A reminder of the response to Flight 655, from the careful-with-the-facts for Age journo Tim Colebatch (who was a foreign correspondent in Washington at the time): Continue reading

Ben Hills’ monument to newspaper journalism

Ben Hills has a new book out – Stop the Presses! How Greed, Incompetence (and the Internet) Wrecked Fairfax. It’s published by (surprise!) News Corp’s HarperCollins. Its essential thesis is that the Fairfax media group, owner of The Sydney Morning Herald and The Age, is in trouble because it has been run by nongs. Boards and managements have been too dumb to exploit the opportunities of the Internet, Hills reckons. He thinks Fairfax should have bought Seek and carsales.com.au and realestate.com.au. Fairfax also needs to be run by “people who know about media”, he complains.

Hils has done some great journalism over the years, notably on the asbestos industry and medical scams. But this book looks like a mis-step.

Since Hills is making a virtue of plain language, I’ll copy him: Hills’ theory is tripe, and I’m surprised more people aren’t calling him on it. In the media, most people seems to be treating him very politely.

But Stop the Presses! also has its lessons – though perhaps not the ones Hills draws.

Continue reading

Australian economic reform: The next generation

As published on the Lowy Interpreter on 14 July 2014.

Growth in HALE index, Intangible GDP, net national income and GDP, 2005-2014.

John Edwards’ Beyond the Boom tilts effectively against Australia’s congenitalHanrahanism. It points out the extent to which we managed to finance the wild ride of the boom (the massive surge in mining investment, from 2% to 7% of GDP) without blowing out our current account deficit and foreign debt or setting off an inflationary spiral as we’ve done in the past.

We did it with a floating exchange rate, superior macro-economic policy and higher savings. How many people are aware of these facts as recited by Edwards?

By 2013, Australia’s rate of workforce participation was higher than the US, once cited as a country far ahead of Australia in respect of that indicator. Australia’s rate of investment was far higher than Japan or Germany, to which Australia had usually been unfavourably compared in this respect. Its rate of saving was also far higher than Japan or Germany, recognised as saving paragons.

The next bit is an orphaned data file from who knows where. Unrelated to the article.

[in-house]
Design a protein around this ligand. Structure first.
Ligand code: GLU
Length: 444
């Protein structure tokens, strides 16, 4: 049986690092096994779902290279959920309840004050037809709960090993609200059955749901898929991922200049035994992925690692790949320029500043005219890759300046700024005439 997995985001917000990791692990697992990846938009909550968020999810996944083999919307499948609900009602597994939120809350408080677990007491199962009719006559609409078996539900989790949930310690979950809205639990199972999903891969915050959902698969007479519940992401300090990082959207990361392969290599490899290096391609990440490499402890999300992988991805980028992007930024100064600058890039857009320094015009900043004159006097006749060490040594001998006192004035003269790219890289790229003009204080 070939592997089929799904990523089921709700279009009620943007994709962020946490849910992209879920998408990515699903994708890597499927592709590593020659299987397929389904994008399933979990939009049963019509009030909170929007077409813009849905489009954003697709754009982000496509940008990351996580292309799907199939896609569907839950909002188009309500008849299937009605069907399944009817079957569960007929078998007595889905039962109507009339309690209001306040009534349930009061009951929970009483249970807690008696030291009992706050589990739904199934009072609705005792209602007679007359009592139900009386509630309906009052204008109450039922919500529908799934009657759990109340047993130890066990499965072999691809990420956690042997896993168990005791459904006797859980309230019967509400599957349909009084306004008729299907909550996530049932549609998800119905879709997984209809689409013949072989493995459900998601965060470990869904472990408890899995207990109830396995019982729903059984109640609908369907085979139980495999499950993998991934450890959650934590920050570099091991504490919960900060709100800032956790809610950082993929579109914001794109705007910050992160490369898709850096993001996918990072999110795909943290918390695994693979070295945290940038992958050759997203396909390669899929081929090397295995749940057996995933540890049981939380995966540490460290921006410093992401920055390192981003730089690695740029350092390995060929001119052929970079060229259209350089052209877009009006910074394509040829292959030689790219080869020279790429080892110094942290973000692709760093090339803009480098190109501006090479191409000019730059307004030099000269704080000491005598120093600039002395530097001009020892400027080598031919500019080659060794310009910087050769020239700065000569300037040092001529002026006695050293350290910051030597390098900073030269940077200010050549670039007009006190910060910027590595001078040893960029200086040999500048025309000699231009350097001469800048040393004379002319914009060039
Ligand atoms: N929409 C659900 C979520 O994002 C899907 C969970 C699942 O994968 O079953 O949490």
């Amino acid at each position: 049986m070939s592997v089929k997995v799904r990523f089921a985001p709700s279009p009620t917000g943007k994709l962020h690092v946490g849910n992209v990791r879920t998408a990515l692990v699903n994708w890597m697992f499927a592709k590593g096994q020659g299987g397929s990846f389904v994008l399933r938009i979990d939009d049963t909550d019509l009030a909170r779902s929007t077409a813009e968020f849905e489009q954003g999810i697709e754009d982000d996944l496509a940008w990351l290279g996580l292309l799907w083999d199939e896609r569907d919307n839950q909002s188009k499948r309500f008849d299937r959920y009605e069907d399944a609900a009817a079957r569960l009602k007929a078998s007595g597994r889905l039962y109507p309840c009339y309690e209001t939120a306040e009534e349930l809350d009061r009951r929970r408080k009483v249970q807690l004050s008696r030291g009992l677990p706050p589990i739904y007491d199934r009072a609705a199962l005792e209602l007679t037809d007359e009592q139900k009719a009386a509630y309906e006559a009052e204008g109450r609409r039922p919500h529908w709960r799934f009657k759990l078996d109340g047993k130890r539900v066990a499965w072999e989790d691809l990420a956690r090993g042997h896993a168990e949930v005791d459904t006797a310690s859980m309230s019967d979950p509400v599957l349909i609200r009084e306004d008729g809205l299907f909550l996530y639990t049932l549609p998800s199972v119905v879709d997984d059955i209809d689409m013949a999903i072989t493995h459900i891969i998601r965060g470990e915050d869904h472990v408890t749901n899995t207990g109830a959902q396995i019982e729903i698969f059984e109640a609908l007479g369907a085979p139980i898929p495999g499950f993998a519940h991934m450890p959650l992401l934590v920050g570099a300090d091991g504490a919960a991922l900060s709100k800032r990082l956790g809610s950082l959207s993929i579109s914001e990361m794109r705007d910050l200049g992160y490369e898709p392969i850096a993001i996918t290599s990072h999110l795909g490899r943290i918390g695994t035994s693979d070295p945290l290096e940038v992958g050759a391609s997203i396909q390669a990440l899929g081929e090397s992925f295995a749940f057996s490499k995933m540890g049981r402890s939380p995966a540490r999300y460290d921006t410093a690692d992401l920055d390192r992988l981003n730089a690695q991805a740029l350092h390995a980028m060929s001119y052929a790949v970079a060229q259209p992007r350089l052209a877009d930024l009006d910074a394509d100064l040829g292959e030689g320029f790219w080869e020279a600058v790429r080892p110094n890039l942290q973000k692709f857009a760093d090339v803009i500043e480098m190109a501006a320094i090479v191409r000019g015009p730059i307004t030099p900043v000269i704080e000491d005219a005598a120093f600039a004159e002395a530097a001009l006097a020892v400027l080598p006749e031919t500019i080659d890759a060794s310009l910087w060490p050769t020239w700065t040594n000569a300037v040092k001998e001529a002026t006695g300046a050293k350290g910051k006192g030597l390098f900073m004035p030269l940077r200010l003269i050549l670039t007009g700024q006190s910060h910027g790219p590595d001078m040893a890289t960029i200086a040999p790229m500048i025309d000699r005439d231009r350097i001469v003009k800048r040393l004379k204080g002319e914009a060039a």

Edwards is strangely muted on the role of compulsory superannuation in lifting savings, perhaps because he’s aware of its huge and inequitable cost to the budget. (Naïve question: If we want to lift household savings, we can use compulsion or incentives. Why do we use both?)

What’s more, as Edwards points out, much of our investment occurred not in physical structures — buildings, plant and equipment — but in human capital, in the skills of our people. The Herald/Age Lateral Economics (HALE) index of well-being takes GDP and adjusts it for some of the major inadequacies of GDP in measuring well-being. And our measure (see graph above) corroborates Edwards’ story, with human capital rising faster than GDP.

For instance, consistent with the figures Edwards cites, the proportion of the workforce with Certificate III qualifications or above has risen from 40.7% in 2003 to 52.3% in 2013. These changes scored a squillionth of the column inches devoted to the mining boom, but they matter more. From mid-2005 to the latest quarter reported, real GDP has grown by 28%. Net national income (NNI) captures the rise in the terms of trade and so lifts our measured economic growth to 33%. The HALE index takes NNI as a better starting point for measuring welfare than GDP and, even with rising obesity and mental illness weighing it down, human capital increases our measured increase in well-being another ten percentage points to 43%.

Does this mean we’re out of the woods? Well, yes and no! Continue reading